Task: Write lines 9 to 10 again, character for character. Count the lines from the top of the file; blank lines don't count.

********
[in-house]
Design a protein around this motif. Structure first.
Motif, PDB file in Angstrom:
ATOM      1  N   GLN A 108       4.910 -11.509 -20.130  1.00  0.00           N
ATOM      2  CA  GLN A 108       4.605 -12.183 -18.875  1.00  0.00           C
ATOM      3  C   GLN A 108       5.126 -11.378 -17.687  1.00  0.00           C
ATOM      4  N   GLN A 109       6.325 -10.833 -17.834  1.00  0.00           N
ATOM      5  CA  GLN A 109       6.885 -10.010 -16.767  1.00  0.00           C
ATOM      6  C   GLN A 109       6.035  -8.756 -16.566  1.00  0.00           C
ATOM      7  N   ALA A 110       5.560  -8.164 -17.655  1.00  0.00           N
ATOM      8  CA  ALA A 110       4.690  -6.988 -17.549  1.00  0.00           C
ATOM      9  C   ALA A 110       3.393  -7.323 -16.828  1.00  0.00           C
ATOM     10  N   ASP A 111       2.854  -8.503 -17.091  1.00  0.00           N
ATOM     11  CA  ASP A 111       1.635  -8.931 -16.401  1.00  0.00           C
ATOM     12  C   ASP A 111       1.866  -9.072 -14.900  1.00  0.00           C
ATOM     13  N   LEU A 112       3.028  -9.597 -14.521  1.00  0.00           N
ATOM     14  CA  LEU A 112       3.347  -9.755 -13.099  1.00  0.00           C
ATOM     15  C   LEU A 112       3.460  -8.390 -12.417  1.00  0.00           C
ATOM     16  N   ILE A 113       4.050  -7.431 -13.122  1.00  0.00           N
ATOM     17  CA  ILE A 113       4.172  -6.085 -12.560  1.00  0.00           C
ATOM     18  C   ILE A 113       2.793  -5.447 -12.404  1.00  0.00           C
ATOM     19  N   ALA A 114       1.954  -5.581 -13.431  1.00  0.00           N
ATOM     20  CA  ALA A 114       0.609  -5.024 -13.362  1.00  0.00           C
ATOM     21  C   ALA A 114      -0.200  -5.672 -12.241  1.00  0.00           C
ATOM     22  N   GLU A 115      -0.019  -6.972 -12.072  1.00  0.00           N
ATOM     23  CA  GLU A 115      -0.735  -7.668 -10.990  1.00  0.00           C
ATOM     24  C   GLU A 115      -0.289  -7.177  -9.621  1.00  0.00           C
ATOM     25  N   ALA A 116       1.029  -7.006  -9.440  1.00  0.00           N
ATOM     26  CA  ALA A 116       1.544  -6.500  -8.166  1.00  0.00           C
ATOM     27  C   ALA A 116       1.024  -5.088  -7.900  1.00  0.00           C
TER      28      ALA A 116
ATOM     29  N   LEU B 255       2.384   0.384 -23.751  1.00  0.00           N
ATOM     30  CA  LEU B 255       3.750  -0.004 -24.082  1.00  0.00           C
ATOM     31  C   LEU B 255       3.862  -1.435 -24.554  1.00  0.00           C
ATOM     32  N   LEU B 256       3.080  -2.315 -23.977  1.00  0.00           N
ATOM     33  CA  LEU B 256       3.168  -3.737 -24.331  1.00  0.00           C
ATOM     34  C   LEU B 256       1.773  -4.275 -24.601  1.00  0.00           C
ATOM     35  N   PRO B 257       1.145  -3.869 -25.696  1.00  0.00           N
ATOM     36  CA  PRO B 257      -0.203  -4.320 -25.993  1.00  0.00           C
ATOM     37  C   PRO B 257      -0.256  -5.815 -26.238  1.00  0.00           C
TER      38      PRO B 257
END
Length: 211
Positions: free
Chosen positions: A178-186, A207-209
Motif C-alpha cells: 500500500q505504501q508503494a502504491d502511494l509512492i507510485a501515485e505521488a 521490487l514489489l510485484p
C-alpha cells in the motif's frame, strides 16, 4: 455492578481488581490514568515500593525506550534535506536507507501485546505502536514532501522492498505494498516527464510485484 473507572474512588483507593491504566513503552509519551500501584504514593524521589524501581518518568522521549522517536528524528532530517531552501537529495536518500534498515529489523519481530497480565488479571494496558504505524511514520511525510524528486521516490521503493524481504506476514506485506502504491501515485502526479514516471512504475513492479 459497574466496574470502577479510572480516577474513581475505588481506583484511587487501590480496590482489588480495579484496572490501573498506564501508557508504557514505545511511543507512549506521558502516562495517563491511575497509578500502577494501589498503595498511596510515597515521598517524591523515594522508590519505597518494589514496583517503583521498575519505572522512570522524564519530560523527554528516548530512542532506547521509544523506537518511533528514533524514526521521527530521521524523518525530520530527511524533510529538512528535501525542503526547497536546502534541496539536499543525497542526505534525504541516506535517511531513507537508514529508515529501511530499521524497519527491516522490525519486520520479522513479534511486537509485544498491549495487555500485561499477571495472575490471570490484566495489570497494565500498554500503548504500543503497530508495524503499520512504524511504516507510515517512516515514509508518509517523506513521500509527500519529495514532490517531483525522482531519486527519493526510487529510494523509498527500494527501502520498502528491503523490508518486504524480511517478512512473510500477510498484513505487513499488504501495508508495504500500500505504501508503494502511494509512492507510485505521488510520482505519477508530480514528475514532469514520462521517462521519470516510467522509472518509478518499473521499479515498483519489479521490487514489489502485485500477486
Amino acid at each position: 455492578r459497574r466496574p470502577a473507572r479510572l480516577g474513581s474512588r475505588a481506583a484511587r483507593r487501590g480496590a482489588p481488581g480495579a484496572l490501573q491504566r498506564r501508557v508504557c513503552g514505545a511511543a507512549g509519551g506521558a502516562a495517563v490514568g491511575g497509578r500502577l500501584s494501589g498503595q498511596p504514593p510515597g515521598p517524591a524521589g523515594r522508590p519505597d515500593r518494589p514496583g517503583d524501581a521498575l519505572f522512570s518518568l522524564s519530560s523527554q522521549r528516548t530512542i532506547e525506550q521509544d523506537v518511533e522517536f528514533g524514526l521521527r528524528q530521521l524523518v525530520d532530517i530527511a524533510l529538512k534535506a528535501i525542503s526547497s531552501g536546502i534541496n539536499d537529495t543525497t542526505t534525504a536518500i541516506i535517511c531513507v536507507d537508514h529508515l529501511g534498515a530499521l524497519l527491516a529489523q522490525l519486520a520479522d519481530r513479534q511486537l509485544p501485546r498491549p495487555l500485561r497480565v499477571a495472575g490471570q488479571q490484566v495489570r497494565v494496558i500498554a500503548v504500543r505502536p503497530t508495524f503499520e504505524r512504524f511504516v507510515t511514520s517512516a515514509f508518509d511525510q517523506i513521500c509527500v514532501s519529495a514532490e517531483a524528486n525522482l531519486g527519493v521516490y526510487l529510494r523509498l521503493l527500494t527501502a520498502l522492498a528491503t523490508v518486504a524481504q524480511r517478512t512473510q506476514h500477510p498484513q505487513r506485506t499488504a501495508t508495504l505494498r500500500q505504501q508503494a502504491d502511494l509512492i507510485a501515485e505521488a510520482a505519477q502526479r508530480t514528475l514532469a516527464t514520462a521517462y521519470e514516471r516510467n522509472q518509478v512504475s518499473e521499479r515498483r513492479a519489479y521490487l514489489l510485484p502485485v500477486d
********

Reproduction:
ATOM      6  C   GLN A 109       6.035  -8.756 -16.566  1.00  0.00           C
ATOM      7  N   ALA A 110       5.560  -8.164 -17.655  1.00  0.00           N